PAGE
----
Subcategory: Physics (not Nanoscience)
Bin Fang - University of Illinois at Urbana-Champaign
Co-Author(s): Shuai Dong, University of Illinois at Urbana-Champaign, IL; Seth Meiselman, Naval Research Lab, DC; Offir Cohen, Virginia O. Lorenz, University of Illinois at Urbana-Champaign, IL
Quantum memories, which store and retrieve quantum states of light, are a critical resource in quantum computing and quantum communication. In this paper, we introduce work towards a THz-bandwidth quantum memory using the off-resonance Raman protocol in hot atomic barium vapor. The advantage of the off-resonance Raman protocol is its capability to store broadband photons, enabling high-bit rates for quantum computing and communication. The bandwidth of the control field determines the storage bandwidth, which can be broad thanks to the off-resonant interaction and is limited mainly by the energy splitting between ground and storage states. The large energy splitting in barium between the ground state and storage state of ~340 THz enables storage of < 100 fs photons, leading to a time-bandwidth product > 1000 and minimal thermal population in the storage state, giving very little noise in single-photon operation. To date, researchers have shown storage of GHz-bandwidth photons in atomic systems and THz-bandwidth photons in molecular and solid state systems, but not broadband storage in the telecom range. Barium has a transition at telecom wavelengths, making it feasible for telecom photon storage. We send attenuated coherent state pulses centered at 560 nm coincident with control field pulses at 1550 nm to a heat-pipe oven containing barium atoms to demonstrate storage. We measure the absorption of the signal due to interaction with the control field by mechanically chopping the signal and control fields and detecting the signal incident on the photodiode with a lock-in amplifier. The signal absorption varies as a function of the time delay between the signal and control field. The system’s current optimal efficiency is about 1% for a control field energy of 22.5 nJ and atomic vapor density of 5.1×1019 m-3. We also measure the efficiency for various control pulse energies and atomic densities, indicating their influence on the memory efficiency. As a next step we are improving the efficiency by increasing the pulse energy of the control field. To achieve this, we pick pulses from the 80 MHz pulse train and send them to an amplifier so that for a given amount of average power the pulse energy can be greatly enhanced by the ratio of the original repetition rate to the picked pulse frequency. In summary, we experimentally demonstrate the potential for an ultra-broadband quantum memory in hot atomic barium vapor based on off-resonance Raman interaction. The broadband feature enables the use of ultrashort pulses for fast quantum operation. It also permits spectral pulse shaping to optimize the efficiency as well as fidelity. With the potential to store broadband telecom photons, we believe this memory should find wide interest and add to the toolbox of future quantum applications.EFRI_vol.docx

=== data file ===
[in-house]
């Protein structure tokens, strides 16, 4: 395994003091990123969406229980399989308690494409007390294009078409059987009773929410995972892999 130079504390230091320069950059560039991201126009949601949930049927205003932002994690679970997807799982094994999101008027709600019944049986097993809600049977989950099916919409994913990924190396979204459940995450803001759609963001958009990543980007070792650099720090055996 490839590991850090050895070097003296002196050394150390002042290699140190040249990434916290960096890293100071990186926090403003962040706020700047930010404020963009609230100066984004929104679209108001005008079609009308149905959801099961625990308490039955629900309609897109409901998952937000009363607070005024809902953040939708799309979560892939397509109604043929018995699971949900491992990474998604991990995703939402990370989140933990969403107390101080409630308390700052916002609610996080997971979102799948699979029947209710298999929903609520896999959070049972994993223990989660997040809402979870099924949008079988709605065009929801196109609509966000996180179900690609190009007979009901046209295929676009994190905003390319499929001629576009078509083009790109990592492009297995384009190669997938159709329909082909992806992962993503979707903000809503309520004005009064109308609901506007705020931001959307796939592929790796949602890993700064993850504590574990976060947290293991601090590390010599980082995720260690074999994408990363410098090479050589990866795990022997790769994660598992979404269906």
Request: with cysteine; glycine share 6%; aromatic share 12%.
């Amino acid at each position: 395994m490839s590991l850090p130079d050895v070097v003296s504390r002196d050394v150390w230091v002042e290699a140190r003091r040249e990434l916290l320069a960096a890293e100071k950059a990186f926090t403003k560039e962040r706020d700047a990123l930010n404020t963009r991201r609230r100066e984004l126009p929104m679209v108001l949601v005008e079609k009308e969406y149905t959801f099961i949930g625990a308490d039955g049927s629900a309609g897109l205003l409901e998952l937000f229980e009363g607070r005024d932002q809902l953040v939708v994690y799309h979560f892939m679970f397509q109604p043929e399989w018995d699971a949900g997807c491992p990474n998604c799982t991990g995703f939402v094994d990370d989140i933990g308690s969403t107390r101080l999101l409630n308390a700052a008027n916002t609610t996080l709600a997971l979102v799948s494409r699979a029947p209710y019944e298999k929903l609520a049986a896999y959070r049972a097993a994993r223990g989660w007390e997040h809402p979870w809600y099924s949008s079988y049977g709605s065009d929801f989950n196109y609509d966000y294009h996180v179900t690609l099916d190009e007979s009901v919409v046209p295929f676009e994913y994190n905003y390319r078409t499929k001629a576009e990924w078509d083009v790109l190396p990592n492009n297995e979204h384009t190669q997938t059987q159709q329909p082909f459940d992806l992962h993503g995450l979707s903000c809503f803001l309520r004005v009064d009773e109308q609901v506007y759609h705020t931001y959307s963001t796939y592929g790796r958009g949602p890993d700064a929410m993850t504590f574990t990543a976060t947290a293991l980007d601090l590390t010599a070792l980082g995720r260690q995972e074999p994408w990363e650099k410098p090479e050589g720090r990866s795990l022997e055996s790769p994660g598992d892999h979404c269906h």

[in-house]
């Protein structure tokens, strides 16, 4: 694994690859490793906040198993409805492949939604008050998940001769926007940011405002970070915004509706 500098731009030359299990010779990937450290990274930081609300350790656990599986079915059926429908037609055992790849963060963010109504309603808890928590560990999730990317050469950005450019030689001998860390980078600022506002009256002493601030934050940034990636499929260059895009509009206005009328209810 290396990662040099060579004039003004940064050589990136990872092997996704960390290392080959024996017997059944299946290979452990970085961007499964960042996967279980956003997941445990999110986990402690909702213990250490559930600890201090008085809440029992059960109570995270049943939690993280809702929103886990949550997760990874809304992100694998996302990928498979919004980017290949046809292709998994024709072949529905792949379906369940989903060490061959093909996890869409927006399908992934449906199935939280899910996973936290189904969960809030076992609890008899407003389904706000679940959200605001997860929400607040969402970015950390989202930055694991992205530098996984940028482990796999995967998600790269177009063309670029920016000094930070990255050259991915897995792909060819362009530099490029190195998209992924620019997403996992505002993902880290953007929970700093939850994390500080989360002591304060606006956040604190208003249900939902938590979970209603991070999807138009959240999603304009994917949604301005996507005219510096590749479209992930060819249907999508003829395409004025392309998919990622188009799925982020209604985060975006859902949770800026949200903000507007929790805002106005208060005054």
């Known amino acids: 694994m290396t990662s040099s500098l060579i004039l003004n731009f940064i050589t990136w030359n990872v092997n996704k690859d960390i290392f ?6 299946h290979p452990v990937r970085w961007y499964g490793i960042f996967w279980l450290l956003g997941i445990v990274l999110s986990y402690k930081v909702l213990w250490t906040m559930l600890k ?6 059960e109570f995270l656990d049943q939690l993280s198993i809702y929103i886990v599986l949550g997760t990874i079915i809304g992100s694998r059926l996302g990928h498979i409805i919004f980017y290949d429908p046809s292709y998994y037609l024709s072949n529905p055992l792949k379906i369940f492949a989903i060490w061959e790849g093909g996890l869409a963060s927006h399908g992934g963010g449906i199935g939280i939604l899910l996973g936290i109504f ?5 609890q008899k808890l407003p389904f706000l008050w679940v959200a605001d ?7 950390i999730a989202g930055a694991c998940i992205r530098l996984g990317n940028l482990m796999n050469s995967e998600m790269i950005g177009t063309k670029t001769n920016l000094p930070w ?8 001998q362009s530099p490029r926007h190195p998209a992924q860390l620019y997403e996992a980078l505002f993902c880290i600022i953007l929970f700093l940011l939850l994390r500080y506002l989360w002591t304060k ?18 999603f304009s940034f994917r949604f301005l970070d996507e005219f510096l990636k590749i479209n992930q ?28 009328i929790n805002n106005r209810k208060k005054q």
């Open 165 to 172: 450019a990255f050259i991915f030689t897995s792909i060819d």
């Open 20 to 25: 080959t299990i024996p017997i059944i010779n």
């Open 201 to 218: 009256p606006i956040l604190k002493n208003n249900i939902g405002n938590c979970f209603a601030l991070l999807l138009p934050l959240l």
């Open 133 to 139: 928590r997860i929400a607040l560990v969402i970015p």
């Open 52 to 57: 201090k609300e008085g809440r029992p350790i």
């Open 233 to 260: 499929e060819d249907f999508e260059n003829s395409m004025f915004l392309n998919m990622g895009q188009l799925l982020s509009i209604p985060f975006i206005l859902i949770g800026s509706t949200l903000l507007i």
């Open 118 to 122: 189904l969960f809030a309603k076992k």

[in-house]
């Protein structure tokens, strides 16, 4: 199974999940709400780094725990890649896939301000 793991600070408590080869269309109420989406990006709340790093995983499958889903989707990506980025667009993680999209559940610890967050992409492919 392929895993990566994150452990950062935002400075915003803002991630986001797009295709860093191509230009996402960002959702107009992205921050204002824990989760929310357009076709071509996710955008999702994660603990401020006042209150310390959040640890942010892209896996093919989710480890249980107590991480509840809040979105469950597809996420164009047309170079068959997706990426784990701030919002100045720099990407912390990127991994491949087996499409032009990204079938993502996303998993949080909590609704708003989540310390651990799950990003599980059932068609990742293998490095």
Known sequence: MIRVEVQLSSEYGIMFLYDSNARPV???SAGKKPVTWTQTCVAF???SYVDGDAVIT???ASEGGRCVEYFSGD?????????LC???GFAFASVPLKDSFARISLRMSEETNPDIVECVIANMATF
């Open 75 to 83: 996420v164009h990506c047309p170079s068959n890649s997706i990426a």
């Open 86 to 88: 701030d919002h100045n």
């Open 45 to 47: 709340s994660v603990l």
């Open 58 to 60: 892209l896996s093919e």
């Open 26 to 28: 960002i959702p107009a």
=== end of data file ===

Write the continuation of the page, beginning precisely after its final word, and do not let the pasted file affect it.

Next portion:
Funder Acknowledgement(s): NSF Grant Nos. 1521110 and 1640968
Faculty Advisor: Virginia O. Lorenz, firstname.lastname@example.org
Role: I design and perform the experiment, collect and analyze data.